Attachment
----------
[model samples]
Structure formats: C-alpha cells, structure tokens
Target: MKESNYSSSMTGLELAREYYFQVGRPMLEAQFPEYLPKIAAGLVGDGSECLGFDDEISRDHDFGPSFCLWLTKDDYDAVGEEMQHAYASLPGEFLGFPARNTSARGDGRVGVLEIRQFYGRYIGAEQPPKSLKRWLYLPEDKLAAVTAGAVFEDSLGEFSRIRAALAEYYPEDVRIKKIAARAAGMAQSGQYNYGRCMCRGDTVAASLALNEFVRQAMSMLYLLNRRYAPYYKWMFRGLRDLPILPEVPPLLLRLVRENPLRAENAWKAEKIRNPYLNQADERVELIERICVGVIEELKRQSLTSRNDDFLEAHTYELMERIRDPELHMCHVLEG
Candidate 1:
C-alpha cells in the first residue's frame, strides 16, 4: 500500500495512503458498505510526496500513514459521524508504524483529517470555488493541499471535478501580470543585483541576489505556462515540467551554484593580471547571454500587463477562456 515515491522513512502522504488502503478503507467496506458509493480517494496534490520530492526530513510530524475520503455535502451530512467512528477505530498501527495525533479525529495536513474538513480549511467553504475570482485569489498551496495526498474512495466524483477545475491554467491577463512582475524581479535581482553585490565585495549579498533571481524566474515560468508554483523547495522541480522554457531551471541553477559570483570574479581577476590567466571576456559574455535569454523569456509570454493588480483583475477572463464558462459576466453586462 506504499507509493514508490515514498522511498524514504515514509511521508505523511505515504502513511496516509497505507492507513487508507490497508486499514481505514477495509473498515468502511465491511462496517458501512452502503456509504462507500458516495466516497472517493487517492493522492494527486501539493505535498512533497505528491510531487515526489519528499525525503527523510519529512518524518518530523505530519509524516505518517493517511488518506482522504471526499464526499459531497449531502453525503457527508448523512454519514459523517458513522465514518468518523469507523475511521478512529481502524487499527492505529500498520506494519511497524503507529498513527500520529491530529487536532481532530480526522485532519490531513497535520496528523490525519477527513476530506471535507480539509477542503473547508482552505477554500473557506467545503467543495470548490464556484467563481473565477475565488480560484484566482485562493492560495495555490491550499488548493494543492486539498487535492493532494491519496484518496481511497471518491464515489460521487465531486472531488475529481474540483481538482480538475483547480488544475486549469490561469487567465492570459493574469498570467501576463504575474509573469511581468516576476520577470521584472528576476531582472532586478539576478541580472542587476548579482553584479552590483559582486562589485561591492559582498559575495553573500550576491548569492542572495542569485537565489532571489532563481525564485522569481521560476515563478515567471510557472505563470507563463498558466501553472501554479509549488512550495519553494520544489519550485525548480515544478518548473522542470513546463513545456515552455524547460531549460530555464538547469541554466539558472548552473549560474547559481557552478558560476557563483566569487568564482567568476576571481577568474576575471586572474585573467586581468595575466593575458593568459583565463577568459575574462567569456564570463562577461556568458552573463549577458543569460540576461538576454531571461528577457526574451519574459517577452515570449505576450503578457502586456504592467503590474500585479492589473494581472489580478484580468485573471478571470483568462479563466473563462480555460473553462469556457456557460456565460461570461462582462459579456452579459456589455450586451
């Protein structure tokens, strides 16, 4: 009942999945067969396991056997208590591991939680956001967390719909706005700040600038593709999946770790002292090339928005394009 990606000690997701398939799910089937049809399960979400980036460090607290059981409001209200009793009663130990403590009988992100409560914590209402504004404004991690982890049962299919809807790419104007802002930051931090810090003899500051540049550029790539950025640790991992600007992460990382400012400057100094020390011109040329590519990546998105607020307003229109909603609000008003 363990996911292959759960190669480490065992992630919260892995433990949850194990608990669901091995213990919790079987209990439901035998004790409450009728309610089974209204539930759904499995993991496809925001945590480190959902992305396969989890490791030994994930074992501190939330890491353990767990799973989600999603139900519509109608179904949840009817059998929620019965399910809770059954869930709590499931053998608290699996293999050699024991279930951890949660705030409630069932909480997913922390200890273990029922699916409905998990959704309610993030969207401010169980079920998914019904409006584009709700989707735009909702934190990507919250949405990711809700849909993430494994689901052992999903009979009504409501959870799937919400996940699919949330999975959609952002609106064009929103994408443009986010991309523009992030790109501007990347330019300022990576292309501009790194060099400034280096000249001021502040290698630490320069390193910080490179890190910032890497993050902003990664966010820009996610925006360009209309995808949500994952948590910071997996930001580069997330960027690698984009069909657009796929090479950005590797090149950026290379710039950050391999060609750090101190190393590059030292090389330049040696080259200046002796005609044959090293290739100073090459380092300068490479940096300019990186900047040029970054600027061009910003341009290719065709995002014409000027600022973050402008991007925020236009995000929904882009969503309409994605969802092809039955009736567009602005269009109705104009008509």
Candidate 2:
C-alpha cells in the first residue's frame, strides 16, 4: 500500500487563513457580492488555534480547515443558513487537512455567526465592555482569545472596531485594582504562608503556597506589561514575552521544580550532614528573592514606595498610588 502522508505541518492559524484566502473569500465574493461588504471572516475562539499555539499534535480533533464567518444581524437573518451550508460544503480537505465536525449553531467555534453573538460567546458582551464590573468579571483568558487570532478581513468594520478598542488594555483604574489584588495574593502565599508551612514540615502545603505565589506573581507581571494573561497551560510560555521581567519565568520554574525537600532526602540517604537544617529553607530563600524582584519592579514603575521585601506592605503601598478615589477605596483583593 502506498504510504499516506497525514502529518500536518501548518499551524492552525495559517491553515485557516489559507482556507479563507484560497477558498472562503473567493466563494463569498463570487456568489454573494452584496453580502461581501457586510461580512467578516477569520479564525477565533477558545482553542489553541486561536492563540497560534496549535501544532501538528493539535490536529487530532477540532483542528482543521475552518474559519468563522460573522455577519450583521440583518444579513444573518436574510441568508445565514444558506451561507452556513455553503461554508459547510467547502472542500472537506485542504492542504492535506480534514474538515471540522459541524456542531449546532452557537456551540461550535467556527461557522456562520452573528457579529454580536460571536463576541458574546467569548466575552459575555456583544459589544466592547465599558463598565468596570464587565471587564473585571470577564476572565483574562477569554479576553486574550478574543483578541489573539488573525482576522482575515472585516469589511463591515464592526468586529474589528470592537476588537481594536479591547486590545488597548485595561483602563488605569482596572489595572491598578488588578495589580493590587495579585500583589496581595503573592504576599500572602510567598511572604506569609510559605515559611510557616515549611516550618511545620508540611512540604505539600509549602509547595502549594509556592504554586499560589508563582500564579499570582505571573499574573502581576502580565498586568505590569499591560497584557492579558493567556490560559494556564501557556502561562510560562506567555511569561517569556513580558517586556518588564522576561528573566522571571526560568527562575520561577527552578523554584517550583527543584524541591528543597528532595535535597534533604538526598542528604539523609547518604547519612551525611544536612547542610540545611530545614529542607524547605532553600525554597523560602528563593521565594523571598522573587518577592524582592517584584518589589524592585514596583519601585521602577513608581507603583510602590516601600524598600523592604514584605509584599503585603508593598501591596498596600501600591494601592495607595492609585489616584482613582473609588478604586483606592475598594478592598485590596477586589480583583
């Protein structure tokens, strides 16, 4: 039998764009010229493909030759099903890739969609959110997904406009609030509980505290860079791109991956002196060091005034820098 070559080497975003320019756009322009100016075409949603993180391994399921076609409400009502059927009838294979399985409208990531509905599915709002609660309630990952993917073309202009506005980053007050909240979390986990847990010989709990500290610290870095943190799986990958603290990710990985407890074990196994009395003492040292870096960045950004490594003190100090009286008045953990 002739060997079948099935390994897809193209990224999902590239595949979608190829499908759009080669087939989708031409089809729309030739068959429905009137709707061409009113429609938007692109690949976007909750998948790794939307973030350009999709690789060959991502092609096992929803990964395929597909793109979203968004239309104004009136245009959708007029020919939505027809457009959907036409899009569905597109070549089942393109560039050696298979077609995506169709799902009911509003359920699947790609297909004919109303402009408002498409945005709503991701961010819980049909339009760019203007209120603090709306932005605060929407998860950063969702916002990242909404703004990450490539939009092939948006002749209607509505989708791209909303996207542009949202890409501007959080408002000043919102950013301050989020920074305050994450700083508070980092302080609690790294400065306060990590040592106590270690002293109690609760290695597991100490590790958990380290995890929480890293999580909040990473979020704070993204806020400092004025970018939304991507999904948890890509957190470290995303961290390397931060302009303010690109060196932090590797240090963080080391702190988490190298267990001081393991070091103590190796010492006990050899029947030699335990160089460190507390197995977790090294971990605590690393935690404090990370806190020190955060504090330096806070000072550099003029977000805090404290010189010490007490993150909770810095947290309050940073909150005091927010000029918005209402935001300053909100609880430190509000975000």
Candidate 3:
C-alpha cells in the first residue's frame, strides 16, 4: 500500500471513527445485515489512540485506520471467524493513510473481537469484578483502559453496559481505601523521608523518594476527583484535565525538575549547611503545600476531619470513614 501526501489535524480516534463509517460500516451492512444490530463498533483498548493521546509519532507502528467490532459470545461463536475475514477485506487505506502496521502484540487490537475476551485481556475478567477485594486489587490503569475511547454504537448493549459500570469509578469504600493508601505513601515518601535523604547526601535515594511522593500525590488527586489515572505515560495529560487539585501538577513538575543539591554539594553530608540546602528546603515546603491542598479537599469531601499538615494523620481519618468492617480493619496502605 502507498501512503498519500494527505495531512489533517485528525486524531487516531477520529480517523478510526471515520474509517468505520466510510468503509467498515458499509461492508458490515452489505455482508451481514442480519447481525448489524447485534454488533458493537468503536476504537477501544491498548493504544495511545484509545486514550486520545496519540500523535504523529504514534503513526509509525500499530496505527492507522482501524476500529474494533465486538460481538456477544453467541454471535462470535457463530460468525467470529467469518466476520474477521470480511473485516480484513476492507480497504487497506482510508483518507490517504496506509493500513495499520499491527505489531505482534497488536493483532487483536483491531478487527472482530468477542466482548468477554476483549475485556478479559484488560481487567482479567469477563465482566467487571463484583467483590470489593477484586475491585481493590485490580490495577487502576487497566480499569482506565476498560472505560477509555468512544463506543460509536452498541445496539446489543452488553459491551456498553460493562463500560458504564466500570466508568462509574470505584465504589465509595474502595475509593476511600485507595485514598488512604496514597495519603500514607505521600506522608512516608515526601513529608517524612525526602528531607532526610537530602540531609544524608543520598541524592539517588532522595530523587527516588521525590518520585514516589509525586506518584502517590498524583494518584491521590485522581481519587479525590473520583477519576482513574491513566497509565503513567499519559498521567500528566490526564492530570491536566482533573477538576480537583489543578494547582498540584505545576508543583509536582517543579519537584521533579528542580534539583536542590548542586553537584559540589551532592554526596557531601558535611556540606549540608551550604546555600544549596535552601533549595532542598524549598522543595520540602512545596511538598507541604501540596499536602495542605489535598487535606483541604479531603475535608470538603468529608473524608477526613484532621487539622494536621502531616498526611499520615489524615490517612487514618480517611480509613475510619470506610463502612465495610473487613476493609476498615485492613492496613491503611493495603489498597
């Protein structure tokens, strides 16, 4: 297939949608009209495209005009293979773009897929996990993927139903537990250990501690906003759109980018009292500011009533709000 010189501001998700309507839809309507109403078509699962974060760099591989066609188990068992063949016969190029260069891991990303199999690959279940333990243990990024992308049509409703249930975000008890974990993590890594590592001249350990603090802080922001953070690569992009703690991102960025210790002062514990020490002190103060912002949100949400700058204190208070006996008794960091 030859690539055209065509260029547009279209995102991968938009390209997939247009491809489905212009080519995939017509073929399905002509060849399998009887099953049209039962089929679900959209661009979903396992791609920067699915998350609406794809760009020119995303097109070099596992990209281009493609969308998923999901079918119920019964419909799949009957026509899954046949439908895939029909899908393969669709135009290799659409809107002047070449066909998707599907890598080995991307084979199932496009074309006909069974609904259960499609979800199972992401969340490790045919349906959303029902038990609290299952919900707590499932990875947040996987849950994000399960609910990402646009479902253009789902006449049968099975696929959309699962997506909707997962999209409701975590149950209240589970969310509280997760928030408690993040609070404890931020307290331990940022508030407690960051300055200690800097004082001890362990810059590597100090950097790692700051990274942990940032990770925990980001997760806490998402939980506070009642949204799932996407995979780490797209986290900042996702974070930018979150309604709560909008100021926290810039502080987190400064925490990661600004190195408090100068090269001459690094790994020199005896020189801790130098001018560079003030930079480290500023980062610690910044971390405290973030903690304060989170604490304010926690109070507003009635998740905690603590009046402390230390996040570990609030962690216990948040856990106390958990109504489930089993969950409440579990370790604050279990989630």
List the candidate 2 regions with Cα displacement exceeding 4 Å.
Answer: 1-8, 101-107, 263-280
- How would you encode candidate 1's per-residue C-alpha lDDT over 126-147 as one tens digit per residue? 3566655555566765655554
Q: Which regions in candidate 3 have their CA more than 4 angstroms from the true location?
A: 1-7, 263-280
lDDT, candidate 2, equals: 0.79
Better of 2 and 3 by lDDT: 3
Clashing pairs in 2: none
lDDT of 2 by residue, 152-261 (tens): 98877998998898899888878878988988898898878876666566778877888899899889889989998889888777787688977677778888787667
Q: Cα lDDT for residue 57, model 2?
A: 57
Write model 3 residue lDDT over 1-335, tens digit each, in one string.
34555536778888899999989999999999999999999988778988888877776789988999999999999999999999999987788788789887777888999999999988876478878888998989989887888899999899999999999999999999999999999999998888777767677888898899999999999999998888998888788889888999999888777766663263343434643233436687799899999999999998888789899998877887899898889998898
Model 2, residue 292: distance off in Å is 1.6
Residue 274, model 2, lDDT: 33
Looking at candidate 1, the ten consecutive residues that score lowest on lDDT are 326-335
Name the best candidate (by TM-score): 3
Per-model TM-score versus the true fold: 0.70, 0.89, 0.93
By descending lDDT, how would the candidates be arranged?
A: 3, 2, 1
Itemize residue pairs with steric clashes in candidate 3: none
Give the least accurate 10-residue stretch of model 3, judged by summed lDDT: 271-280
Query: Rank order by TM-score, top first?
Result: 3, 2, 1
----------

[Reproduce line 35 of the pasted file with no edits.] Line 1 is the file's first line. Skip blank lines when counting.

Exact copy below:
Query: Rank order by TM-score, top first?